J. David Green

Four Reasons Why Funnels Are a Marketer’s Best Friend

Funnels are like the central nervous system of the best sales organizations. Few marketing departments depend on funnels to run their business the way sales leaders do. Yes, messaging, segmentation, branding, and numerous other considerations are extremely important. But no tool can impact financial performance for marketing as much as a funnel. It’s a topic I’ll be speaking about this coming Wednesday, May 25, at an American Marketing Association webinar.

There are four reasons marketing funnels should be the central nervous system of B2B companies:

1. Simplifying complexity. The great challenge in B2B is complexity. There are lots of moving parts that are growing and changing everyday. Social media, lead nurturing, lead scoring, webinars, data-as-a-service, web-crawling technologies, and many other advancements can be overwhelming. With all of these ever-expanding moving parts, finding revenue leakage is extremely challenging and often very subjective. The beauty of the marketing funnel is that you can break down complexity into very discrete components. In fact, the more discrete the funnel and sub-funnel stages, the easier it is to deal with complexity. The key is tying all the funnels and subfunnels together into a unifying framework.

2. Isolating the leakage. Once you have a comprehensive funnel framework, you can measure the conversion of prospects from one stage to the next. You can gather benchmark data from companies like MarketingSherpa and see how you compare to other organizations. Over time, you can aggregate data from your own corporate-wide efforts and develop internal baseline conversion ratios; that way, every variance from the benchmark or the baseline should prompt you to examine why.

3. Improving financial performance. Instead of having endless debates, marketing can simply set up tests and discover what really works by measuring conversions and looking at the impact on downsteam efforts. Having conducted thousands of experiments, we’ve seen that quite often the best answer is often counter-intuitive and defies “best practices.”

4. Forecasting results. With benchmarks and especially your own baseline data, you can start to make increasingly accurate predictions on the results you will have from a given marketing initiative. And, as a general rule, the more granular your funnel stages, the more accurate the projection. Of course, accurate projections are key to getting and keeping funding.

There’s a reason sales executives absolutely run sales organizations based upon the funnel while their best sales people use it to manage their pipeline. If marketers want to drive the highest ROI possible, it’s time for them to do the same.

What are your thoughts? I welcome your feedback and if you want to learn more, be sure to attend the AMA webinar on May 25 that I’m presenting with Steve Woods, Chief Technology Officer of Eloqua, and Mike McKinnon, Senior Demand Manager of ReadyTalk.

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Marketing Strategy, ROI Measurement, Uncategorized, Webcasts/Webinars



  1. | #1

    Interesting insights David. I’m pretty sure that the webinar will be able to help a lot of marketing and sales executives into having a better understanding about the importance of a marketing funnel, specially if there’s a falling out of leads in the middle of the funnel, and how these situations can be prevented. Thanks for sharing! http://bit.ly/ayeen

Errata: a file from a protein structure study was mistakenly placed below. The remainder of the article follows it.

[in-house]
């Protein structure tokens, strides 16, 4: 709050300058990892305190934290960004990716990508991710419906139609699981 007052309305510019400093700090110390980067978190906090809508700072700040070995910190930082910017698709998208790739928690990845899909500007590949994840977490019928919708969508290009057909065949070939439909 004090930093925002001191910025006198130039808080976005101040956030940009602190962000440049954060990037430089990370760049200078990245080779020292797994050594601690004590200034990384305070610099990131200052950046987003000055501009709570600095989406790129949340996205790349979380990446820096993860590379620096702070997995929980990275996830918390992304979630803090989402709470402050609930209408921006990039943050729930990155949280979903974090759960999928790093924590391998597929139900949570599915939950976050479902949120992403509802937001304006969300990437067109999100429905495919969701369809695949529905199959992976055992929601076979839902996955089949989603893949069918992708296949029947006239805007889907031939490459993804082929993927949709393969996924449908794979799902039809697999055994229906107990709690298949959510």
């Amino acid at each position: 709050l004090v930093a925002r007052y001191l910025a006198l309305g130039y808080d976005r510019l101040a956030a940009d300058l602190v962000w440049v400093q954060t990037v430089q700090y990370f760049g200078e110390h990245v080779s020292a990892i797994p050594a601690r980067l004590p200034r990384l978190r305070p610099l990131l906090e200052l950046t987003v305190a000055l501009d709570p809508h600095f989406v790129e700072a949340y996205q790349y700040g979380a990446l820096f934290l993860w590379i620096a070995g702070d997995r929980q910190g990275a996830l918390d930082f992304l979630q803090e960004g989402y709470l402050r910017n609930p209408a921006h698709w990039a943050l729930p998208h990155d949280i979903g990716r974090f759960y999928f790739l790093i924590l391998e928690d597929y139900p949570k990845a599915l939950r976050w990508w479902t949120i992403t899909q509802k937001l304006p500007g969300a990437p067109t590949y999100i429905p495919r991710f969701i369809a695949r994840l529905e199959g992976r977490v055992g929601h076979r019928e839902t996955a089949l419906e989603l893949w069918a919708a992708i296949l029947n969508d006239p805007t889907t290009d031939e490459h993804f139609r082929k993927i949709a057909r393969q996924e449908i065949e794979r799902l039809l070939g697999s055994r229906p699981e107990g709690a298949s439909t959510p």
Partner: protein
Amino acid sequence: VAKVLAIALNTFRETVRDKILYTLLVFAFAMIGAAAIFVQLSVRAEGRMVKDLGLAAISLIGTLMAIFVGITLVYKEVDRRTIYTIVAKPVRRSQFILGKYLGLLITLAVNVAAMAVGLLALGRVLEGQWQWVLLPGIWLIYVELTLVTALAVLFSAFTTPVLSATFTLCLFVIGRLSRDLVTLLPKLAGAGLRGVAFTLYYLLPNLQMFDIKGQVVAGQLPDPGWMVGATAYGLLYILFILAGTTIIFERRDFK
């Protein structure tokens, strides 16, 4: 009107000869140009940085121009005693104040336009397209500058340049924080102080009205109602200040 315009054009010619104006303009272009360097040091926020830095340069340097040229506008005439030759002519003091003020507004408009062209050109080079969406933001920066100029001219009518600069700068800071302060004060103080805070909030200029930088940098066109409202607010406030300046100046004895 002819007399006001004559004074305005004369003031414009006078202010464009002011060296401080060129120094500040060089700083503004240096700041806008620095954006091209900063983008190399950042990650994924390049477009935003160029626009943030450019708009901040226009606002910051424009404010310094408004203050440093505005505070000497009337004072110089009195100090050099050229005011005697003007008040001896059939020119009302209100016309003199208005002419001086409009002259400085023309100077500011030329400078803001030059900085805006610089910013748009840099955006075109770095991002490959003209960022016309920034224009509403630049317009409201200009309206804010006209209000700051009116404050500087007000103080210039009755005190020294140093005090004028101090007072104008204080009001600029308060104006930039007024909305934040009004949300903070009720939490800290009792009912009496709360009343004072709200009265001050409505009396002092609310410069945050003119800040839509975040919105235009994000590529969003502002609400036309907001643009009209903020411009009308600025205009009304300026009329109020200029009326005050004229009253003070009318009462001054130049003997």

2. | #2

    Excellent article – Couldn’t agree more about the complexity of the funnel/Pipeline in B2B companies and the importance it plays. It becomes even more critical when the sales period averages over 6 months.

    We find that companies by defining their funnel, they can start to understand then address where it leaks

  3. | #3

    Wish we could get rid of the funnel notion, marketing is not a funnel. If you pour a quart of oil into a funnel, you get a quart of oil out the bottom!

    (explained at http://www.bestconsultingpractices.com/blog/2010/03/why-marketing-is-not-a-funnel.html )

  4. | #4

    @Will Kenny
    Will,
    Excellent point about the problems with the funnel metaphor. A few years ago I wrote a book in which I used the metaphor of an oil refinery (The B2B Refinery) to talk about a systematic and scalable way for marketing to process leads and to apply the level of processing appropriate to the probability of purchase and the revenue potential of each account.

    But your larger point is spot on: there really are people who respond and who must be filtered out. Some might be ready later and can be nurtured but many are out of the target market or otherwise not a fit. Thanks for the insightful comment.

  5. | #5

    @Duncan Macdonald
    Duncan
    Thanks for the kind words. I agree that the longer the sales cycle, the more important the funnel. That said, there’s even a very useful sequence of events that happen when someone buys a book at Amazon. At each of those event stages, some people abandon the effort to buy the book. Measuring that series of conversions can help marketers identify the magnitude of the problem and decide whether experimenting with another approach is worth the effort. Developing statistical baselines of a given conversion metric can then aid in spotting leakage, too.

    Thanks again for the comment.

  6. | #6

    @Ayeen Benoza
    Aveen
    Thanks for the kind words.

    To Will’s point, I think a lot of time the big value is actually filtering people out who will waste the time of a teleprospecting or sales team. That said, there are definitely some revenue leakage that better processes can salvage.

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